NEW YORK (Reuters Breakingviews) - Comcast boss Brian Roberts already made a bid for parts of Twenty-First Century Fox, and failed. Now he has left the door ajar for another lurch. It would be better to walk away.
Roberts seems to be in the mood for mergers. He confirmed on Wednesday morning a $31 billion offer for European pay-TV company Sky. That’s 16 percent higher than an offer already made by Fox, which is trying to buy the 61 percent of Sky it doesn’t already own in order to then sell the whole thing to Walt Disney. Second, Roberts promised during an earnings call not to use the company’s sagging shares as an acquisition currency – but pointed to the strength of Comcast’s balance sheet, in a strong signal that he is open to further deals funded by cash.
Pledging not to use stock for deals is fair enough. Shareholders often don’t like dilution. But the risk is that Roberts might be tempted to reprise his bid for some other bits of Fox, which Disney has agreed to buy for $66.1 billion including debt. Comcast tried that once before, but was knocked back by Fox’s chairman and presiding shareholder, Rupert Murdoch.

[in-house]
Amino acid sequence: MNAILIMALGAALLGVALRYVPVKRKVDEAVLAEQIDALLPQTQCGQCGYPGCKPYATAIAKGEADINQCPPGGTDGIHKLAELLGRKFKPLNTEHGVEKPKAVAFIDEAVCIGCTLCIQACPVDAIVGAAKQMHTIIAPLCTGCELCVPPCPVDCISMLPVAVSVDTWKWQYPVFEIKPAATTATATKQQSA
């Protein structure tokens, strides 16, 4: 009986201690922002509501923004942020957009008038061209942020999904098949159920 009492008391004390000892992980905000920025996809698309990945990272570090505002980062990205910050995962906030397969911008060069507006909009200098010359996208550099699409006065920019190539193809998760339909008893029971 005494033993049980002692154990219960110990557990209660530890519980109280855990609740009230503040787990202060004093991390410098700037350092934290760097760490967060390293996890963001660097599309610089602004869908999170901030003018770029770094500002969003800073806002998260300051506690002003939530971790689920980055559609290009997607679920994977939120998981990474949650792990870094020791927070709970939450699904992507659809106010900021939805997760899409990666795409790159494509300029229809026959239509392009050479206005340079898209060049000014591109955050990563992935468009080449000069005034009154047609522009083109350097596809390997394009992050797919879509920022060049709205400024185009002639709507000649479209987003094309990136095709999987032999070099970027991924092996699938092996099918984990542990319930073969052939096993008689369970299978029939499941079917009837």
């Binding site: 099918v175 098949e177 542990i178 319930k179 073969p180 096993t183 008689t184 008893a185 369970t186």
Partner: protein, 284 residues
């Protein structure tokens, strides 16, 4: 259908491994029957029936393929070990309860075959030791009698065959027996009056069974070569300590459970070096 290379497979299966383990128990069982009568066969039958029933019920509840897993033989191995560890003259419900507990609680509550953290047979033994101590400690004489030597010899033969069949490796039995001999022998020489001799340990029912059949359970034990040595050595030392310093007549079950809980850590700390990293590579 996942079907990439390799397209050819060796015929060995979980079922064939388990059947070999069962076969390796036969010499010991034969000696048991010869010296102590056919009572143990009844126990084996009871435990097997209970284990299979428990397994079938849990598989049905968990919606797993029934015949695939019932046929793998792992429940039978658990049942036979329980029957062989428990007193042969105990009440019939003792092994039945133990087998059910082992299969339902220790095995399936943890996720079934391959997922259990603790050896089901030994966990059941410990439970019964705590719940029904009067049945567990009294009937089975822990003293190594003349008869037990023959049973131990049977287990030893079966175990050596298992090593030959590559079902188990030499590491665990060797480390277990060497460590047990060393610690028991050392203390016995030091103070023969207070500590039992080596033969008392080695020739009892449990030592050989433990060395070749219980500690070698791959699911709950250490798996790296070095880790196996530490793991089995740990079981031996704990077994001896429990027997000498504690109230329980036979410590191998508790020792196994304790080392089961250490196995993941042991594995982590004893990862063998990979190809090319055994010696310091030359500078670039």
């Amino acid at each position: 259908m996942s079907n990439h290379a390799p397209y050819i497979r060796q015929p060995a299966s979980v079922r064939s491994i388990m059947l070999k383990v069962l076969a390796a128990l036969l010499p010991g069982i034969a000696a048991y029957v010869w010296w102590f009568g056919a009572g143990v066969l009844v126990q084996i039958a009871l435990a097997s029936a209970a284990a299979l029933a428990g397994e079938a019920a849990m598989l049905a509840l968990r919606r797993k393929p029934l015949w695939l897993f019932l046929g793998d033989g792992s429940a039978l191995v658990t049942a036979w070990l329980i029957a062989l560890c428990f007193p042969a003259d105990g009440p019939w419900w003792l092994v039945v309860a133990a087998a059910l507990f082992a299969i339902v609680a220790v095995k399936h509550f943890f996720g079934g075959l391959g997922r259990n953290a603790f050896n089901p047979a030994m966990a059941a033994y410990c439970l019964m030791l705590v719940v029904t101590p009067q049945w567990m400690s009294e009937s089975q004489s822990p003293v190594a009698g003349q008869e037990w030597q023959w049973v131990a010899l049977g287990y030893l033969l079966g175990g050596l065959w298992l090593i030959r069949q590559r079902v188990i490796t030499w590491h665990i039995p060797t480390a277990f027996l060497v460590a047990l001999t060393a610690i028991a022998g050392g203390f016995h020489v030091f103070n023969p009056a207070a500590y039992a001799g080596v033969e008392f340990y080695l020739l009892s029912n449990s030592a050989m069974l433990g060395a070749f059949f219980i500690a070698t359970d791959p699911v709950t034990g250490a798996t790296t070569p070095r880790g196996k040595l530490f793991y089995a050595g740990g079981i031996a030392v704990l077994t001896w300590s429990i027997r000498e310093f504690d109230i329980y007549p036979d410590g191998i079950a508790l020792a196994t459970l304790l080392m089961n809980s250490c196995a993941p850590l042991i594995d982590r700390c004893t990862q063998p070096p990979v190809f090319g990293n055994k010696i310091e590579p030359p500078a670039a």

Here’s why Roberts ought to refrain. The Fox assets might make $3.8 billion in operating profit in 2018, taking Bernstein EBITDA divisional estimates and assuming operating profit is split among the Fox businesses in the same proportions. Assume Comcast can drive out $1.5 billion of savings, less than Disney’s estimate of $2 billion, and the total hits $5.3 billion. Tax that, and for a deal valued at $66 billion, Comcast’s return on investment would be about 6 percent. And that’s even if Comcast matches, rather than tries to best, Disney’s offer.
True, Roberts would be saving Disney from itself. The Magic Kingdom’s return on investment, even with higher cost savings, is still below 8 percent. But that’s no consolation to Comcast shareholders, who would be left with a value-destroying deal. Fox originally swatted away Comcast’s offer because of regulatory risk, and it’s unlikely Murdoch would have wanted to hold shares in a company Roberts controls. Comcast should thank him – because trying again, even in cash, would simply be a bad idea.
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